8 Words That Could Save Our Country
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From the balcony, Supreme Court Justice Samuel Alito mouthed the words "not true."
Not true? That was the moment the President should have presented his case. And what better person to explain to people the bizarre history of corporate personhood than a brilliant, articulate African American who was also a Professor of Constitutional Law?
He would have taught his virtually all white Congressional audience that the end of the Civil War did not result in ex-slaves gaining either citizenship or the franchise. The 13th Amendment, ratified in 1865 abolished slavery but it did not grant either citizenship or the right to vote. Congress tried to achieve those goals by passing the Civil Rights Act of 1866, but Andrew Johnson, the man who succeeded to the Presidency after the assassination of Abraham Lincoln, vetoed the legislation, declaring it improper "to make our entire colored population…citizens of the United States."
Johnson’s veto led directly to the 14th Amendment, ratified in 1868. The Amendment’s first paragraph finally gave all blacks the Constitutional right of citizenship. "All persons born or naturalized in the United States, and subject to the jurisdiction thereof, are citizens of the United States and of the State wherein they reside. No State shall make or enforce any law which shall abridge the privileges or immunities of citizens of the United States; nor shall any State deprive any person of life, liberty, or property, without due process of law; nor deny to any person within its jurisdiction the equal protection of the laws."
President Obama would then have described how the Supreme Court quickly subverted and perverted the clear intention of the 14th Amendment. It did so in 1876 in a case involving a white militia that had attacked ex-slaves gathered at the Colfax, Louisiana courthouse, killing over 100, most of them after they had surrendered. Several members of the militia were indicted by the federal government under the Enforcement Act, a law passed to protect blacks against vigilante groups like the Ku Klux Klan. The Court ruled that the due process and equal protection clauses of the 14th Amendment applied only to state action, not to actions of individuals: "The fourteenth amendment prohibits a State from depriving any person of life, liberty, or property, without due process of law; but this adds nothing to the rights of one citizen as against another." The Court’s decision paralyzed the federal government’s attempt to protect black citizens and spawned two generations of lawlessness and vigilantism. Indeed, Federal civil rights enforcement was blocked until 1966 when the Court finally overturned the 1876 case and sanctioned the Civil Rights Act of 1964.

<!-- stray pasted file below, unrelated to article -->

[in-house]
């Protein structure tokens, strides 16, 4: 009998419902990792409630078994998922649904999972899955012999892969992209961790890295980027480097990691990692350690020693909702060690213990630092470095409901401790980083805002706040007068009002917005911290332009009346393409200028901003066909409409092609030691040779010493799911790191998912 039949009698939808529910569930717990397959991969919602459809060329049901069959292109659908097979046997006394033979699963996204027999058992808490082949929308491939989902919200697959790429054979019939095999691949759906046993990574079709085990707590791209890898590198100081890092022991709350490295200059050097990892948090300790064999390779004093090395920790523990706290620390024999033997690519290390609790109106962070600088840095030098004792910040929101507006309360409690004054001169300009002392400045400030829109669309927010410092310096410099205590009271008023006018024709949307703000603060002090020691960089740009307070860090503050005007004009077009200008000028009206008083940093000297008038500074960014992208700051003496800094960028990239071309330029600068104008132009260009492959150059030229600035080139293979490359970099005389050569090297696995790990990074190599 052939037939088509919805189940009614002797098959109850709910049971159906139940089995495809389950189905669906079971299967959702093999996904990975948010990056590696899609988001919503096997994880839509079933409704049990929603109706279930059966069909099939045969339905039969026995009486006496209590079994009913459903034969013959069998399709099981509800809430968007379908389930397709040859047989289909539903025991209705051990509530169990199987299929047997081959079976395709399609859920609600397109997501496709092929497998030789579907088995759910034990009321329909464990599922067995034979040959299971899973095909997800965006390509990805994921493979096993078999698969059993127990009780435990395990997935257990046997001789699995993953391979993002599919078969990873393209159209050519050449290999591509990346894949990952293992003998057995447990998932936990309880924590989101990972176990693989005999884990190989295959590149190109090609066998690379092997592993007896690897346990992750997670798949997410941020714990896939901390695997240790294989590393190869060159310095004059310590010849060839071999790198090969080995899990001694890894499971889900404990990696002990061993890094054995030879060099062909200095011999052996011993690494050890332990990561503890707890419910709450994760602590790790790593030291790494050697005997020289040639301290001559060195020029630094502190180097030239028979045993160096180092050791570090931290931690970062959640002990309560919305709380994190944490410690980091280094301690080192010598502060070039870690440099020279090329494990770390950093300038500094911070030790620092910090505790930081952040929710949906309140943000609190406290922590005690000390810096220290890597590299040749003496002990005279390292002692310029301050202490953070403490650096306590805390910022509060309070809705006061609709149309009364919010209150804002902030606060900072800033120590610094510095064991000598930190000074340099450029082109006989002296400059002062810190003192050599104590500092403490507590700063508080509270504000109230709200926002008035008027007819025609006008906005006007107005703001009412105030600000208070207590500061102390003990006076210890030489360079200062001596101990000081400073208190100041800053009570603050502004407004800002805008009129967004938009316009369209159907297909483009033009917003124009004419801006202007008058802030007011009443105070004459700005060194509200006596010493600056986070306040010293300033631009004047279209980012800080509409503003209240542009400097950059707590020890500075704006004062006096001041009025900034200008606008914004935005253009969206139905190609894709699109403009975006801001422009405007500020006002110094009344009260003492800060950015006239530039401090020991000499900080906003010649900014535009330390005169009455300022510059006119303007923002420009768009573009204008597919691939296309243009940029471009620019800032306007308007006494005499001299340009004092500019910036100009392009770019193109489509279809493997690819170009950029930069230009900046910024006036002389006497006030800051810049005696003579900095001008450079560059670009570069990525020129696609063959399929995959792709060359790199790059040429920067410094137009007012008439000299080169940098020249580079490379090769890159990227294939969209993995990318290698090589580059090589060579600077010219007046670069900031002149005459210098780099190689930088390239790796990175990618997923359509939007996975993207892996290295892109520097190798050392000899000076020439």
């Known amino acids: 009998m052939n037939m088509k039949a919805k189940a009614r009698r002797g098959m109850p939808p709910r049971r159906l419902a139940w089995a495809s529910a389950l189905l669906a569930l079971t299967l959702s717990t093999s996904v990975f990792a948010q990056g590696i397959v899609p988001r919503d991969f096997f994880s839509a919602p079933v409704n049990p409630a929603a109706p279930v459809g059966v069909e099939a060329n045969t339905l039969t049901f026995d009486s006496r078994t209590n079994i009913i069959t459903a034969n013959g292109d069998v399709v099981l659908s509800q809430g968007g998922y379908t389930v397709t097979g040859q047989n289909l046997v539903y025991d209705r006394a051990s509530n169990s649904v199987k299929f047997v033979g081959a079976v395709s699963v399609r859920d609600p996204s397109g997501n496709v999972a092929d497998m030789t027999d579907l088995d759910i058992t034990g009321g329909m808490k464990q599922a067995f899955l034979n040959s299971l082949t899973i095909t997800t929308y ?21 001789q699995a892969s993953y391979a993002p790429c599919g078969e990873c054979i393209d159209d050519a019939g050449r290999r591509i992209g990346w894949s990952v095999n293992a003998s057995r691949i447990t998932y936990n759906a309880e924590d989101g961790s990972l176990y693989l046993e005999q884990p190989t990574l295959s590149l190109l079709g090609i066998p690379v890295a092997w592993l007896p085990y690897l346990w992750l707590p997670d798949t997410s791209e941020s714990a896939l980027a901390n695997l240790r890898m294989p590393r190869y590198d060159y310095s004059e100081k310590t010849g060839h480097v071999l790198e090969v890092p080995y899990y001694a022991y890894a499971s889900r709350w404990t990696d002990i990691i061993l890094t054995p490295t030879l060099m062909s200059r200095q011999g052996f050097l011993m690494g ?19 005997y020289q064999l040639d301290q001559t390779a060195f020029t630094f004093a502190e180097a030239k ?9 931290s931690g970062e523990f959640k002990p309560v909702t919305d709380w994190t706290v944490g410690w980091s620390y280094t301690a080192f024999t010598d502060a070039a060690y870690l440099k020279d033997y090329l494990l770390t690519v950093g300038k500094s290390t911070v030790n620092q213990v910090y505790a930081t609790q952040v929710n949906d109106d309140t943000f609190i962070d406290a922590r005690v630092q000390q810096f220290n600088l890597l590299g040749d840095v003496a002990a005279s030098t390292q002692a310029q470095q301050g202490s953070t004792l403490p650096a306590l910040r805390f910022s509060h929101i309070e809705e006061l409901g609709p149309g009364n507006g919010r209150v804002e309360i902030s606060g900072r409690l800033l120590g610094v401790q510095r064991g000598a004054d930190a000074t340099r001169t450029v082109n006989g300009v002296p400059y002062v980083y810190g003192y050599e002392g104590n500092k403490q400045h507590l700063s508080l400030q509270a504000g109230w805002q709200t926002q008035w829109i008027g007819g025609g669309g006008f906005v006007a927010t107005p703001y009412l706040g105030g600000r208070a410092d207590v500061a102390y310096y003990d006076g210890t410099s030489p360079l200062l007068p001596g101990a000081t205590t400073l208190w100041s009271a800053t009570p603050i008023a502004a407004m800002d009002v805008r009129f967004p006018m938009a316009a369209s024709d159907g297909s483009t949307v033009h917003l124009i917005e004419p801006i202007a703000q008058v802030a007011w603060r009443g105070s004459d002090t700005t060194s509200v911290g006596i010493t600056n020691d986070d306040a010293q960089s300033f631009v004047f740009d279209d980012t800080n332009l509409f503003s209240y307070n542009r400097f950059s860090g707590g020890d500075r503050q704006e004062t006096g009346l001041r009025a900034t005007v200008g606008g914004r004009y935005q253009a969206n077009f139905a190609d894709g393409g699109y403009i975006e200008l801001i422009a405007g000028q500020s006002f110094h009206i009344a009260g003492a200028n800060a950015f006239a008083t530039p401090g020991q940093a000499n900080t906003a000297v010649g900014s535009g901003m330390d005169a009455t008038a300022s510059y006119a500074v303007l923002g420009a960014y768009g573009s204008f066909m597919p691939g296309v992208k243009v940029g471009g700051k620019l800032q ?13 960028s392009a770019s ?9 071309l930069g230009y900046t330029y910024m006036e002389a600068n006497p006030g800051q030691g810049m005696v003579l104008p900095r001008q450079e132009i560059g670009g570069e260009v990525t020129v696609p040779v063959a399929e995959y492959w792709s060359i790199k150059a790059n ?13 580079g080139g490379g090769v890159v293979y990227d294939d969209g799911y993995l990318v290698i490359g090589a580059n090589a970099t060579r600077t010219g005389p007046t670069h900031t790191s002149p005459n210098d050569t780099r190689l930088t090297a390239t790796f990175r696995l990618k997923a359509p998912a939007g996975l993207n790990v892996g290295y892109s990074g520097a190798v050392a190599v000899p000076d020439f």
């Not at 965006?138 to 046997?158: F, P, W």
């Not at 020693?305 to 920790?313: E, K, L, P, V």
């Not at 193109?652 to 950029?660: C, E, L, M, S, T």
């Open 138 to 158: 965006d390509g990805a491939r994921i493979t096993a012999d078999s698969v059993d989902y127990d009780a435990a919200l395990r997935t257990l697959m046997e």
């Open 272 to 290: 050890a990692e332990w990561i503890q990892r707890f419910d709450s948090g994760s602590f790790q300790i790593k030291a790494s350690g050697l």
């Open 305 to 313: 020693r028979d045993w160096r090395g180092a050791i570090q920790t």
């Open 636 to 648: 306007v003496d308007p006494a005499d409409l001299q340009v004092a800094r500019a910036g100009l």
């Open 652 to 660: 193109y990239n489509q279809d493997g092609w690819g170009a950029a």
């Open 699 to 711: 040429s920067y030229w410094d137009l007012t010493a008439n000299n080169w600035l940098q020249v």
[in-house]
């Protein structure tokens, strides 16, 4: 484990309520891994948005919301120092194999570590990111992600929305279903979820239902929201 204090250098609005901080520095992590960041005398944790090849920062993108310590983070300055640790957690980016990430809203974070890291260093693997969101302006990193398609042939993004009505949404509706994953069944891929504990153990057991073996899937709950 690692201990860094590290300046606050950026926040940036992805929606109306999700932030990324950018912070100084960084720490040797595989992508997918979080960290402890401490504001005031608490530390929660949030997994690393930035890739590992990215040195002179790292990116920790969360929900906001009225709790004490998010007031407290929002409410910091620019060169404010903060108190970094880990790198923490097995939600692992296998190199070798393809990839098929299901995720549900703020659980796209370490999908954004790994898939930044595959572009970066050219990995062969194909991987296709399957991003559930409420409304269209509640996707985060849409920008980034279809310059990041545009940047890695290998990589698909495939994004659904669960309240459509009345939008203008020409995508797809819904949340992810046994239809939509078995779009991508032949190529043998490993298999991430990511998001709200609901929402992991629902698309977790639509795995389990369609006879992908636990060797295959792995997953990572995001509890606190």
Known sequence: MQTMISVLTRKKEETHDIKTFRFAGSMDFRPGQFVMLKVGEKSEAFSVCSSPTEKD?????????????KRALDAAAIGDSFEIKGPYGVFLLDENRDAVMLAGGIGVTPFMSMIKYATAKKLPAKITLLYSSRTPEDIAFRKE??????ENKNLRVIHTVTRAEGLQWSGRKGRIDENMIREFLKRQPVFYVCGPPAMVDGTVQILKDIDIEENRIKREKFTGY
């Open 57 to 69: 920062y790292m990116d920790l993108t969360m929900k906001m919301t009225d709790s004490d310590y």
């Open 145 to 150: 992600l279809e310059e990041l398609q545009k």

After explaining how the Supreme Court made the 14th Amendment a weak and ineffective tool to defend the rights of natural persons, President Obama would have explained how the Court, in a feat of unprecedented judicial activism, converted the 14th Amendment into a strong and effective tool for defending artificial persons.
It is a fascinating and almost unbelievable tale for the simple fact that the Court never actually decided that a corporation is a person. Indeed, there has never been a Supreme Court decision that has explained how it arrived at this conclusion. In 1886, in a case that had nothing to do with corporate personhood, the court clerk wrote a headnote to the case that contained these fateful sentences, "The court does not wish to hear argument on the question whether the provision in the Fourteenth Amendment to the Constitution, which forbids a State to deny to any person within its jurisdiction the equal protection of the laws, applies to these corporations. We are all of the opinion that it does." Since the case itself never addressed the question these words did not comprise a legal precedent. Nevertheless, from then on the Supreme Court has considered the question settled.